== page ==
Tracker dogs come to the rescue


Which dog will be the first to retrieve the ball that Kelly Brach is about to throw? Enzo, in front, Sonja, Maggie, or Dino, with the folded ear?

E.Beth Thomas

In February, when a 5-month-old puppy went missing at Edward V. Ecker Sr. County Park in Montauk, it seemed like every animal lover in the hamlet was on the case. Ultimately, however, it was Kelly Brach and two of her trained track dogs who reunited missing dog Lucy with her family.

Lucy, a Lagotto Romagnolo puppy who looks a bit like a Wheaten terrier, broke away from her dog walker to follow a jogger, and repeatedly criss-crossed the Long Island Rail Road train tracks. Her desperate owners, Leigh-Ann and Matthew Hess, immediately called Mrs. Brach, and by the next morning she and her team were on the case. She took with her Enzo, her Czech shepherd, and Sonja, her Dutch shepherd, letting them get the smell of the runaway away from her blankets or her toys.

Lucy disappeared for six days before being found, and the search was sometimes difficult.

Train tracks pass near the park (pet owners call it the Montauk Dog Park), and at one point Mrs. Brach and Enzo were nearly hit by a train. Mr. Hess, who was with them, felt the rails vibrate as the train made a blind turn and shouted, “Train! Ms. Brach grabbed Enzo and jumped back, covering his ears.

Lost dogs often venture onto train tracks because no one is chasing them there, Ms Brach explained, but they are unfamiliar with train noise and get hit quite often. Unfortunately, another dog

who was with his owner, looking for Lucy, was hit by a train and died.

The weather for the six days Lucy was lost was wet and freezing. Ms. Brach worked about nine hours on the first day’s search, but determined the dog was running and retreated. A later attempt to lure Lucy with food and her owners’ scents on well-worn T-shirts failed.

On the sixth day, she worked another eight hours. Lucy was eventually found and contained on a pier near where she had first fled from her walker. One of the owners was able to grab his leash, which had remained attached throughout the puppy’s ordeal.

It might seem like winter would be the worst time to lose an animal, but Ms Brach said if it was her own pet she would prefer it to be winter. “Dehydration and heatstroke are not risks like they are in the summer,” she noted. Plus, she says, excessive heat kills the scent faster than cold. “Snow compresses the scent, and any trace of moisture exaggerates it and heightens the dogs sense of smell.”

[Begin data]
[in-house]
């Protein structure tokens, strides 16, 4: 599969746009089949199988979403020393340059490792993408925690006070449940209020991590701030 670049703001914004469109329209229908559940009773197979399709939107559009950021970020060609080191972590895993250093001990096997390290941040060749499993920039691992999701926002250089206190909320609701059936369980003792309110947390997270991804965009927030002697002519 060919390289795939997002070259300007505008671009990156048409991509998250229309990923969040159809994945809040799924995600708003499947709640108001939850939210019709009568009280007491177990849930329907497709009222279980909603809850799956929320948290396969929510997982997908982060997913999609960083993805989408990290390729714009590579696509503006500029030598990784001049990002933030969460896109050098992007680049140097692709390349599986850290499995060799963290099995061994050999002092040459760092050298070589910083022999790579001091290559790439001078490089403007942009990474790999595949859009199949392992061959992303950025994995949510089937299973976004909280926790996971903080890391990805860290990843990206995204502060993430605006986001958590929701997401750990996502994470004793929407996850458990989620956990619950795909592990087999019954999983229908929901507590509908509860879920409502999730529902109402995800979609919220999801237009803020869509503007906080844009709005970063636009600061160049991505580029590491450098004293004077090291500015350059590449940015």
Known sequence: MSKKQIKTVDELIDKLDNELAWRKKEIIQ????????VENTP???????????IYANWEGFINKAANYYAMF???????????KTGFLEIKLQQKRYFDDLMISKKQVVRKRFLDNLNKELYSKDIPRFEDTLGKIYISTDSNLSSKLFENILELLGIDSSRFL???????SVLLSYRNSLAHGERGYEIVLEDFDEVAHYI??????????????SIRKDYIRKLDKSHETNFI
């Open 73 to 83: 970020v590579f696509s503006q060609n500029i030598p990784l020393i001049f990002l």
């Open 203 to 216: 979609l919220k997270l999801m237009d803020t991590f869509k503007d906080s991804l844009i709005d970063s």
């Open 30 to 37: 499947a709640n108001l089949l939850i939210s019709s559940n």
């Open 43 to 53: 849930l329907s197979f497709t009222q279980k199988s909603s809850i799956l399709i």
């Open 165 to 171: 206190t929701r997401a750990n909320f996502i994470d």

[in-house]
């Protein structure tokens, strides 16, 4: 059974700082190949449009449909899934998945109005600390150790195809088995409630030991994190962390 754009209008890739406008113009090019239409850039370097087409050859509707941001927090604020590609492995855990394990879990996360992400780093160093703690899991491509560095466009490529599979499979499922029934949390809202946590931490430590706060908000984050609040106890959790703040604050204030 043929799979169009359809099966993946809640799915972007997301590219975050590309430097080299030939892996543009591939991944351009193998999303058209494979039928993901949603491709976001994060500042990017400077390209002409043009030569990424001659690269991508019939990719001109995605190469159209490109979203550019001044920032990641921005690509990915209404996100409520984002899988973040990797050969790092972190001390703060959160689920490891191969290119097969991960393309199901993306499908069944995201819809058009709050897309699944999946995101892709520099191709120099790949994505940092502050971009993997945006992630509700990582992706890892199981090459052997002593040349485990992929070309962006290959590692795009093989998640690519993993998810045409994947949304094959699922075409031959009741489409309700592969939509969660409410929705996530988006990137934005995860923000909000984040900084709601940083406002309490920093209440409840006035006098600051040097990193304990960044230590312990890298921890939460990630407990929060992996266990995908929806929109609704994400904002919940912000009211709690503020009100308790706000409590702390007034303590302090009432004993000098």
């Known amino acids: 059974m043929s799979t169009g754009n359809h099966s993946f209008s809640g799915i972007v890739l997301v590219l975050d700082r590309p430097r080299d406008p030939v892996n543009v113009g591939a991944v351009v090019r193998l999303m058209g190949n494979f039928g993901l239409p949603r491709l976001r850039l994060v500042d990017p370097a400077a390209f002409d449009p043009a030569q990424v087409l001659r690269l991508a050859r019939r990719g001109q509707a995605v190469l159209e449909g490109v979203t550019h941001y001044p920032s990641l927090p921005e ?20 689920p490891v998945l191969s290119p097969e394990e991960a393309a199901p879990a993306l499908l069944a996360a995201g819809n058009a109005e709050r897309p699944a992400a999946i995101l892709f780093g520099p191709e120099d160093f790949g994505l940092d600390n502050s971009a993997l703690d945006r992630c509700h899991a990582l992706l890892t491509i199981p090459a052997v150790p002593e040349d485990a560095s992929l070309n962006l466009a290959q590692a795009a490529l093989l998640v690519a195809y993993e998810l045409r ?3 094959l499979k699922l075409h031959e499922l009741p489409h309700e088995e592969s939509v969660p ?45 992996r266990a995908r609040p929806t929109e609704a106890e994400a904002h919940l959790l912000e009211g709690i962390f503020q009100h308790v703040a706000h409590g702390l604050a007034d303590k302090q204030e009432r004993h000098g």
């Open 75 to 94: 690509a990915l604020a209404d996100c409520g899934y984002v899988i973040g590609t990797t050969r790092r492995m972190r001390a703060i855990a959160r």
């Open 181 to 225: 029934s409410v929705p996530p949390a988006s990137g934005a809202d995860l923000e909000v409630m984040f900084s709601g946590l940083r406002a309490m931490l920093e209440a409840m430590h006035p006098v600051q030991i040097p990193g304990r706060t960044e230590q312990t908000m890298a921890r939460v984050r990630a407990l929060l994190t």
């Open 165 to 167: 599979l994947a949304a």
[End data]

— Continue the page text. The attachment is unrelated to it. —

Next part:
A damp cold, without too much wind, is the ideal tracking condition, she said. The wind “hits the scent around.” When it starts to warm up, however, the frantic calls start coming in. February is slow, Ms. Brach said, as people and dogs stay home.

Ms. Brach’s life before she started working with tracker dogs had nothing to do with what it is now. Ten years ago, she ran technicians for high-end race cars on Long Island and Manhattan. She drove a Porsche and got to try new models, even driving a few herself.

Then Tony, one of her two indoor and outdoor cats, didn’t come home when called. She scoured the neighborhood, called vets and the police, left messages on social media and wrote a letter to her local newspaper. During the three weeks the cat disappeared, there were three Northeasts.

Finally, a woman on a neighborhood app suggested she find a lost animal tracking dog that had been imprinted on an animal scent (unlike police dogs, which are trained to detect bombs and drugs.) A woman who had such a dog was unavailable but told Mrs. Brach to use the dirty kitty litter from her other cat, Frankie, Tony’s littermate, to create a wide circle around her house, with the house in the center.

Cats are smarter and more resourceful than dogs and less dependent, Ms Brach said. “You’ve never heard of cats running around on the boardwalk like dogs do.” (They’re also good at hiding; she often finds them stuck in sheds.) Tony had locked himself in a basement about eight houses away from his. When she made the kitty litter trail, the cat smelled it and ransacked the basement trying to get out. When the owner went to check the noise, Tony

fled and returned directly to his place.

For Ms. Brach, this was a turning point. “There was no reason for people to wander aimlessly looking for their pets.” She decided to move and bought a house in Kings Park in Smithtown, “because it is centrally located on Long Island”, with two dogs that had been trained to follow. Each was 2 years old, mature, fully trained and ready to work.

She has four dogs now, but only three are working animals. Along with Enzo and Sonja, who weigh 75 and 65 pounds respectively, there’s 70-pound Maggie, Sonja’s offspring, and a bomb-scent trained Belgian Malinois. Dino, one year old and weighing 110 pounds, son of Maggie and Enzo, is “more of a play dog”, at least for now. “Dino spends my money while others earn my money.”

Ms. Brach is one of the few people in the country doing this kind of work, which is both physically demanding and not particularly well paid. Her training as a young dancer helped her prepare for training. She runs with her dogs every day; then they each get a pound of cooked steak.

“Dogs are like people,” she said. “We all have our ways of doing things. We’ll sit down, we’ll lie down, we’ll make quick eye contact. . . some pick up a paw, others bark. This is why it is so important to carry out maintenance work. The handler and the dog must learn each other’s language.

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